After Crunching the Numbers, CPAs Ready DM Campaign
Breaking this fall, the campaign by New York-based Wunderman will target young people ages 16 to 22. The agency competed with four undisclosed shops to get the five-year contract.
"We've detected a falloff in the number of young people who've chosen to become CPAs," said Geoffrey Pickard, vice president of communications and public relations at the AICPA, New York. "When we've gone out and asked students, they don't know what CPAs do. The profession is very broad. Not only do we want to reach this target audience, but help to explain to young people at a time when they're choosing their career path that becoming a CPA offers an opportunity to work in a whole range of businesses."
According to the AICPA, only 1 of 100 high school students interviewed are considering an accounting major in college. In another worrying statistic, the percentage of college students majoring in accounting has dropped from 4 percent in 1990 to 2 percent in 2000.
Though the strategy and tactics are still being devised, Wunderman expects to use e-mail marketing, banners, online promotions and sponsorships, direct mail, face-to-face meetings, school guidance counselors and institutional outreach.
"The challenge is, how do you get the next generation into the fold?" said David Sable, president/CEO of Wunderman's New York office. "It's not just about acquisition and retention, but it's almost life-stage marketing. It's how do you identify [potential CPAs] kind of early enough in the process and interest them and follow them through the course of their education."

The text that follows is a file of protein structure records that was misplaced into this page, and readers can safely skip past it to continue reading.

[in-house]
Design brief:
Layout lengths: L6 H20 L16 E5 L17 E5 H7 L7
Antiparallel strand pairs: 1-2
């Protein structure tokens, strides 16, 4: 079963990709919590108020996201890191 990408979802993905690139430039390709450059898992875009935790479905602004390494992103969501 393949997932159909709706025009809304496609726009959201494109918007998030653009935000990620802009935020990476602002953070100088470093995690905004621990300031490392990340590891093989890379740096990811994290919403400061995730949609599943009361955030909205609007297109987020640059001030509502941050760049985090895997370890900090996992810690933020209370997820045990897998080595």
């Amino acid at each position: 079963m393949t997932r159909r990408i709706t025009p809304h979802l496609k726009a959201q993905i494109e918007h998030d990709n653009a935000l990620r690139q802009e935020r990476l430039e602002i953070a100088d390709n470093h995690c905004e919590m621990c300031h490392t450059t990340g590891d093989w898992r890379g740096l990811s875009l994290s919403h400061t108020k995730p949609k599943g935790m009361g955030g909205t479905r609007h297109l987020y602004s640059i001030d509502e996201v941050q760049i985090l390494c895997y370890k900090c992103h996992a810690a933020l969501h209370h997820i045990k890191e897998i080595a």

Research by the AICPA found that young people about to graduate from high school or in college often are not aware that CPAs fill a variety of job titles. The AICPA has already tried to create awareness through the organization's Web site, aicpa.org, which includes a section on student affiliate membership. Eligibility is restricted to college and graduate school students.
The direct effort will run alongside another ad campaign already under way, albeit for a different audience. A print, television and radio advertising campaign by Hill, Holliday, Connors, Cosmopulos in Boston seeks to convince a range of audiences to buy CPA services.
Wunderman's appointment is the first time the AICPA has named a direct agency to handle marketing. Part of WPP Group PLC's Young & Rubicam advertising agency, Wunderman is one of the largest direct marketing agencies in the United States. It was formerly known as Impiric.
The 50 state CPA societies are expected to chip in with idea generation and implementation of the Wunderman campaign. Pickard hopes this collaboration and a dedicated direct effort will increase the payoff for the AICPA.
"Historically we've been running campaigns to reach students at high school and college level by sending printed materials and CD-ROMs to teachers and guidance counselors for passing on to students," Pickard said. "While that has been happening, it hasn't been working to the degree the profession wanted."